On the Manipur violence and the top political response

After two and a half months of relentless and widespread violence in Manipur, there was finally a response from Prime Minister Narendra Modi following the shocking display of tribal women being paraded naked in Thoubal district on May 4. However, the Prime Minister\’s statement fell short of acknowledging the root causes and consequences of the escalating conflict in the State, which continues to pose a grave threat.

The Supreme Court of India took suo motu cognizance of the video depicting sexual assault and issued ultimatums to both the Union and State governments, criticizing their failure to restore normalcy in Manipur. The lack of action from the leadership has been met with outrage from Members of Parliament and political representatives of all parties.

Mr. Modi\’s silence on the Manipur violence, despite his usual penchant for being in the limelight and dominating the airwaves, revealed an uncaring attitude towards the crisis in the State. While the renewed attention on the conflict forced the State government to promise action against the perpetrators, it exposed a significant divide between the Meitei and the Kuki-Zo communities, requiring strong leadership to facilitate reconciliation.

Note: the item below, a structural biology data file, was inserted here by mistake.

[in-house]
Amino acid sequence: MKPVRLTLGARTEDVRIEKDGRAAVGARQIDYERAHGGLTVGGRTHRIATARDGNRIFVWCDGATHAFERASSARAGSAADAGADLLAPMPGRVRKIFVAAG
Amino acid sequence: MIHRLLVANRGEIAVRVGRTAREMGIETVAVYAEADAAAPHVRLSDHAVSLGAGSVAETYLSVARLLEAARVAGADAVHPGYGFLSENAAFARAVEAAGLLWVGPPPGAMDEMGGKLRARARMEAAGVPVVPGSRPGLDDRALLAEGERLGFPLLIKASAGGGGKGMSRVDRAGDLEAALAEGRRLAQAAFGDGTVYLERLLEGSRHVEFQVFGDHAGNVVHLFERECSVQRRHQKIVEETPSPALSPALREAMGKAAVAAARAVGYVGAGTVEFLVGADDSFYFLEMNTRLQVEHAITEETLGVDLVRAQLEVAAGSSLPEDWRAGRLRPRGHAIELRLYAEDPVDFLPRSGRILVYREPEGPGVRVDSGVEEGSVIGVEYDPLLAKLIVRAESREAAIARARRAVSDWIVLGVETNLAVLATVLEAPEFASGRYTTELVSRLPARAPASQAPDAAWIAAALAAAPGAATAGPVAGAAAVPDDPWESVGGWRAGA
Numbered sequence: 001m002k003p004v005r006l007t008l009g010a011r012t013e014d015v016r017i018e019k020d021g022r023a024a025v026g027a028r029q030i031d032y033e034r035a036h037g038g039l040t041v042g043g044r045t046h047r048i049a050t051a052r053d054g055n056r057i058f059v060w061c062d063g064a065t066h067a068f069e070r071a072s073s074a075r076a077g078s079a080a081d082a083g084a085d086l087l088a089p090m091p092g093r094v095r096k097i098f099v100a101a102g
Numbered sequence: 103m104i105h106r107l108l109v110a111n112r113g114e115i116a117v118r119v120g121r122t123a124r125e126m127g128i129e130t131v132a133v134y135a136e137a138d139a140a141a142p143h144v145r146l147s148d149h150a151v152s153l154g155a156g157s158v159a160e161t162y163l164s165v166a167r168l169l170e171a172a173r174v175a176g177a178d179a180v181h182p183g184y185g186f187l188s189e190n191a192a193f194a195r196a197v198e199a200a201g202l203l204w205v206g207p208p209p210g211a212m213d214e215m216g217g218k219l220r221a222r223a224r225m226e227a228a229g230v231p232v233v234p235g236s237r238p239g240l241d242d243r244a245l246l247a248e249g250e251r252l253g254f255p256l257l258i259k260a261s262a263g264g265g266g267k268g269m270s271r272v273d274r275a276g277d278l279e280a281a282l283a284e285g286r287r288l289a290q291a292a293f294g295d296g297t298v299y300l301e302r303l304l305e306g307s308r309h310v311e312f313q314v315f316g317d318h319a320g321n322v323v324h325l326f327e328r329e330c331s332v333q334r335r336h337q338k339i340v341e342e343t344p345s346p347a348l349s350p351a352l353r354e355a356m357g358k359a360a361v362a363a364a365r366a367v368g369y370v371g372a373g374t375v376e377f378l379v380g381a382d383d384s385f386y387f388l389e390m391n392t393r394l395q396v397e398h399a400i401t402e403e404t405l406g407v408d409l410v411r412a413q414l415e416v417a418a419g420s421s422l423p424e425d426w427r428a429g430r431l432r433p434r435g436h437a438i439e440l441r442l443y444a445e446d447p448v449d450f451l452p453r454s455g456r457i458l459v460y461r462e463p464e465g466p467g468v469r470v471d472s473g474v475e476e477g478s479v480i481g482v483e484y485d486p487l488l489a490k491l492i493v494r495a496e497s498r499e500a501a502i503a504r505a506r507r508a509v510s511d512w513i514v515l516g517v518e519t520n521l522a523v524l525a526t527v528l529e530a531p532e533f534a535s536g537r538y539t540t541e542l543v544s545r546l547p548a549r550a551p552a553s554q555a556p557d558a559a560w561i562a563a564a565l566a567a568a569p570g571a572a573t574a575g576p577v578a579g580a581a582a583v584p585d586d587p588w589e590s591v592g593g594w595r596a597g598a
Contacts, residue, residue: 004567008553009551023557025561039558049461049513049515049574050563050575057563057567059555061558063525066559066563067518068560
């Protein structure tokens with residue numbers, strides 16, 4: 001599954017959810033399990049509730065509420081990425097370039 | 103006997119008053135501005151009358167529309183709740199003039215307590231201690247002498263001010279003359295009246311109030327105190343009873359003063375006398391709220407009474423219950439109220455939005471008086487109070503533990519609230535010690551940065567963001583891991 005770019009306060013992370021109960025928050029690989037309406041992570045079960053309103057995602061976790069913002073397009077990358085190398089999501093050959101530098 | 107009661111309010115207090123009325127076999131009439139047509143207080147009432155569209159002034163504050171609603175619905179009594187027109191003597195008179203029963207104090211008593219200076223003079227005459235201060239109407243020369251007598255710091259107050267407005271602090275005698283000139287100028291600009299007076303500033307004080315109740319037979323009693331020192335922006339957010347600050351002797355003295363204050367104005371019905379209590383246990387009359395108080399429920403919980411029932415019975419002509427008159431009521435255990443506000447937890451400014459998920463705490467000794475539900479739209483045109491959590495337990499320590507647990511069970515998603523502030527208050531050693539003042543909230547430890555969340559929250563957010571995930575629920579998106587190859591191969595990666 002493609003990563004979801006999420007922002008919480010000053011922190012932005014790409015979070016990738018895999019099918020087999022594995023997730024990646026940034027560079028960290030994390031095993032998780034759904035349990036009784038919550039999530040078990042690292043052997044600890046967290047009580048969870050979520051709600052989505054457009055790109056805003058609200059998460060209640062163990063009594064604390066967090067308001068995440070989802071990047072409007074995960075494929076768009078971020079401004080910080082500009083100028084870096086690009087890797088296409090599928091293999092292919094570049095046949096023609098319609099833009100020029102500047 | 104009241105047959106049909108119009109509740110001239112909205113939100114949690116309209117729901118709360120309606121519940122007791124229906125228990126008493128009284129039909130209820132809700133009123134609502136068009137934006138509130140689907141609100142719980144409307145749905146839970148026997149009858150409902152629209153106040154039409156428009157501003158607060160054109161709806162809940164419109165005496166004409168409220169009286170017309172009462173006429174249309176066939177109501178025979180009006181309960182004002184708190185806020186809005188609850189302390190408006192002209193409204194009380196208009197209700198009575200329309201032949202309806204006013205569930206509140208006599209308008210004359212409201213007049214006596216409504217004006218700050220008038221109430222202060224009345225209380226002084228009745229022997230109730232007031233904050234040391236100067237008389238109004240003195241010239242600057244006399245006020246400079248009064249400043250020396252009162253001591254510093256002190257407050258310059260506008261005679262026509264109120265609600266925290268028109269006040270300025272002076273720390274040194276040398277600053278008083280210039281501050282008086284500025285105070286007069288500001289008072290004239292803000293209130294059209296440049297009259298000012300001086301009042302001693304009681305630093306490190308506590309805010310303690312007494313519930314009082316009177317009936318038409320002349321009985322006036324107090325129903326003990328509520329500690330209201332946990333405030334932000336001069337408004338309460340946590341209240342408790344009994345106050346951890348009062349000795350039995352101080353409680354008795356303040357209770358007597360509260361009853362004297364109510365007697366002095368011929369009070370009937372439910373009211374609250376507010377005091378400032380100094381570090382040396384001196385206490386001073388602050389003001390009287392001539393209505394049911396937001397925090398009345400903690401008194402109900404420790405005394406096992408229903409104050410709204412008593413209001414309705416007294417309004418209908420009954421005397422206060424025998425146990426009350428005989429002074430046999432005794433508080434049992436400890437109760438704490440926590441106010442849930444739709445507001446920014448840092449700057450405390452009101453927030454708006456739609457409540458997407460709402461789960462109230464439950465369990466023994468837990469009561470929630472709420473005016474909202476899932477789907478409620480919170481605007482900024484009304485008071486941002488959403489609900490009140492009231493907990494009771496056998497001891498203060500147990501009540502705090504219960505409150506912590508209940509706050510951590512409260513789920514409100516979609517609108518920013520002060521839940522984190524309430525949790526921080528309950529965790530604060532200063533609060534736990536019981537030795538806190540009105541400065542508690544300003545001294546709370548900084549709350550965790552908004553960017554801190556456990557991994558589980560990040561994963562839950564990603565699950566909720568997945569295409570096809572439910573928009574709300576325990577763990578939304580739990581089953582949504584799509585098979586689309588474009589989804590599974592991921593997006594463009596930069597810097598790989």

Despite Home Minister Amit Shah\’s visit to Manipur in late May, little progress has been made in resettling displaced people or mitigating ethnic hostilities; sporadic violence persists. Chief Minister N. Biren Singh\’s policies and statements have shown an inability to rise above identitarian politics, with the Kuki community viewing him as part of the problem. The BJP itself appears divided along ethnic lines.

The situation underscores the untenable position of Mr. Singh as Chief Minister. However, the BJP seems reluctant to alienate the Meitei majority, whose support enables Mr. Singh to hold on to power. While some action has been taken by Mr. Singh\’s government, arresting four men in response to the May 4 crime, more comprehensive efforts are needed to quell the hostility. Appointing a less controversial leader could pave the way for civil society representatives from different ethnicities to initiate genuine reconciliation and peace initiatives. The current \”double engine\” government of the Bharatiya Janata Party has thus far fallen short of providing effective leadership in this crisis.

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